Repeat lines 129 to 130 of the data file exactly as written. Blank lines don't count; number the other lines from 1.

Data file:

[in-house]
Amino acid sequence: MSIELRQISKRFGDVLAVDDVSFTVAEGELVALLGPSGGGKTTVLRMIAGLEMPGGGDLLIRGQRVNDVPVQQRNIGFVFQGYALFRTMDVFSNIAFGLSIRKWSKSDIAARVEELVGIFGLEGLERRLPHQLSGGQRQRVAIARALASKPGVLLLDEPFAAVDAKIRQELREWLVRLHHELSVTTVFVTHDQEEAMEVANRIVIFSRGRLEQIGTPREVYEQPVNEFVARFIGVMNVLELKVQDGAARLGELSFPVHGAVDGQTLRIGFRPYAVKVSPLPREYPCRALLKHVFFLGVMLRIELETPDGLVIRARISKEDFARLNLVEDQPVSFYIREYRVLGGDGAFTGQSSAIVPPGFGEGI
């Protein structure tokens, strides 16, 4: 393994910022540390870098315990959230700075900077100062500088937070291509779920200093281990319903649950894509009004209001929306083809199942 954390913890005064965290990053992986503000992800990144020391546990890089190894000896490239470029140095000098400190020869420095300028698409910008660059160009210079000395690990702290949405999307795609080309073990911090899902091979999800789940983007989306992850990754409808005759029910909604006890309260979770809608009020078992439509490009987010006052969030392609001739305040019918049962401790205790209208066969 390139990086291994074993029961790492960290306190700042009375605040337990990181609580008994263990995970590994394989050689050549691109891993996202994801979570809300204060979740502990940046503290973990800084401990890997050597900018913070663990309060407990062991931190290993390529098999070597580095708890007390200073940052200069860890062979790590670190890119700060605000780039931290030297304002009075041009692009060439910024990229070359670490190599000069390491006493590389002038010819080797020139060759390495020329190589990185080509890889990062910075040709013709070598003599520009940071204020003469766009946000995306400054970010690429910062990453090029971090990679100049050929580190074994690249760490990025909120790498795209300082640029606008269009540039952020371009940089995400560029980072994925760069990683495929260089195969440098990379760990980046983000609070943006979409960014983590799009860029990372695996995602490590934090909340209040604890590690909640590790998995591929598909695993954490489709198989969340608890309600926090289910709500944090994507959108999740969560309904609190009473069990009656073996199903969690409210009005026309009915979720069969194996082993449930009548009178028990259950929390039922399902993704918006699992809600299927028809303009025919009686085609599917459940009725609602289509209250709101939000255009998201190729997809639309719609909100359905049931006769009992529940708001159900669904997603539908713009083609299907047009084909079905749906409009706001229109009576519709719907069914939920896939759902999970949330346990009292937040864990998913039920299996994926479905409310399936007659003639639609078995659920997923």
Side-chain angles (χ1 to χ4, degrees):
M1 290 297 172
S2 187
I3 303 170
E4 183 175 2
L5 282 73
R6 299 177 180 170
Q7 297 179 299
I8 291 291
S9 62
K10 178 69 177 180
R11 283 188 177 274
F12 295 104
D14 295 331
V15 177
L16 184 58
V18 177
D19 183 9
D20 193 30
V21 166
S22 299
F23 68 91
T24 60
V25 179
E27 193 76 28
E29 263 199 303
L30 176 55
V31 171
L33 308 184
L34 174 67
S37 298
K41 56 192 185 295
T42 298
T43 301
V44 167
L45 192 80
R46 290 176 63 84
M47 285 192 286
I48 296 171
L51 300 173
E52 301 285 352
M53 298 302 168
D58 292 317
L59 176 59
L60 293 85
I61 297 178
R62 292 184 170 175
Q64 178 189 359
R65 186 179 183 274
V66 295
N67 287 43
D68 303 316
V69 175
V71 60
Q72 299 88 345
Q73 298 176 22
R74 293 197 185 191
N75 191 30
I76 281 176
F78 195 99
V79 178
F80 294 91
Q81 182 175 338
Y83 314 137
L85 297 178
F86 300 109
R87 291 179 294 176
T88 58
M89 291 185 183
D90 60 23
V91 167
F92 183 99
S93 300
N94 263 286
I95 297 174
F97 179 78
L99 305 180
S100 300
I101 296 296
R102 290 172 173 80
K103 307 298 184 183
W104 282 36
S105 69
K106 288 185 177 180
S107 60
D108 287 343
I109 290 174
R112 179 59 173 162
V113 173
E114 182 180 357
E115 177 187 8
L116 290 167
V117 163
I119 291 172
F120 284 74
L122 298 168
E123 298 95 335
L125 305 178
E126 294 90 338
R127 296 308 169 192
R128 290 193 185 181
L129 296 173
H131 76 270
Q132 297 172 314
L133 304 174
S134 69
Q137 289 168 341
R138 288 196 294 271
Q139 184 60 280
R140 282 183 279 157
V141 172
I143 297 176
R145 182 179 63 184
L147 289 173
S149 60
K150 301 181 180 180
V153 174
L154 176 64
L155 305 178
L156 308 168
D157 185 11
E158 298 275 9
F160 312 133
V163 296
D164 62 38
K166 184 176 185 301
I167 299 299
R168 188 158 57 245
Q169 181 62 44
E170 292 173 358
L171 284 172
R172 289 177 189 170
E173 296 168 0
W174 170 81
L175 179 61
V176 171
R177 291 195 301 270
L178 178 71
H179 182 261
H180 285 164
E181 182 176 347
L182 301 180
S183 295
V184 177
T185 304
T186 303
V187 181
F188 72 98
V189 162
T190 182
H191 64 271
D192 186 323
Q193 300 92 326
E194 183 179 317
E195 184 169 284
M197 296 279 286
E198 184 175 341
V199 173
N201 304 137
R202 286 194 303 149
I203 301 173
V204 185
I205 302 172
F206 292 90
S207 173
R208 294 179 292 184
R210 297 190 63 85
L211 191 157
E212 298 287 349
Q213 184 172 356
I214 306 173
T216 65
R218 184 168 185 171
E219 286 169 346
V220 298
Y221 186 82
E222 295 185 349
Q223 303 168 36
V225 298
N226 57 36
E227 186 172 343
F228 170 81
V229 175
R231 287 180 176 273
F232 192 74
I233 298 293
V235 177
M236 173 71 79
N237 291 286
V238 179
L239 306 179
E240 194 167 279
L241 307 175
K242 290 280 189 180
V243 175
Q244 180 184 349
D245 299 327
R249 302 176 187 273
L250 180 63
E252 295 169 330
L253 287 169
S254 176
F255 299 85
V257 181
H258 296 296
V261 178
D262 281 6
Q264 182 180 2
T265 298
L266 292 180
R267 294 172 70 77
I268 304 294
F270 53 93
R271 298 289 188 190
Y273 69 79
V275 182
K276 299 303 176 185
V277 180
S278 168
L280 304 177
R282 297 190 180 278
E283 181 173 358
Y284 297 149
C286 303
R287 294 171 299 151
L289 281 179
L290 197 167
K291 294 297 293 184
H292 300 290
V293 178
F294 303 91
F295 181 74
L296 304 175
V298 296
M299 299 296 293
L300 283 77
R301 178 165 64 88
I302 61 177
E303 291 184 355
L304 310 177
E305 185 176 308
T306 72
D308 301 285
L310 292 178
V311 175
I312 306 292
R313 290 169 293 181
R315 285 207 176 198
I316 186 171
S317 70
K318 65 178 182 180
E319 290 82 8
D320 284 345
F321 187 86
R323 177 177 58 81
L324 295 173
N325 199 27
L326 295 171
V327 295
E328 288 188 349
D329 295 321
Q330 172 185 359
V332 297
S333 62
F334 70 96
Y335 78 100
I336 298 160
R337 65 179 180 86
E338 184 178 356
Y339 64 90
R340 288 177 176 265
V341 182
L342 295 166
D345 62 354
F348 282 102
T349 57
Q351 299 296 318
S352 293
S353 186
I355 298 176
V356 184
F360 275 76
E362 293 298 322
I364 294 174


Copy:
K166 184 176 185 301
I167 299 299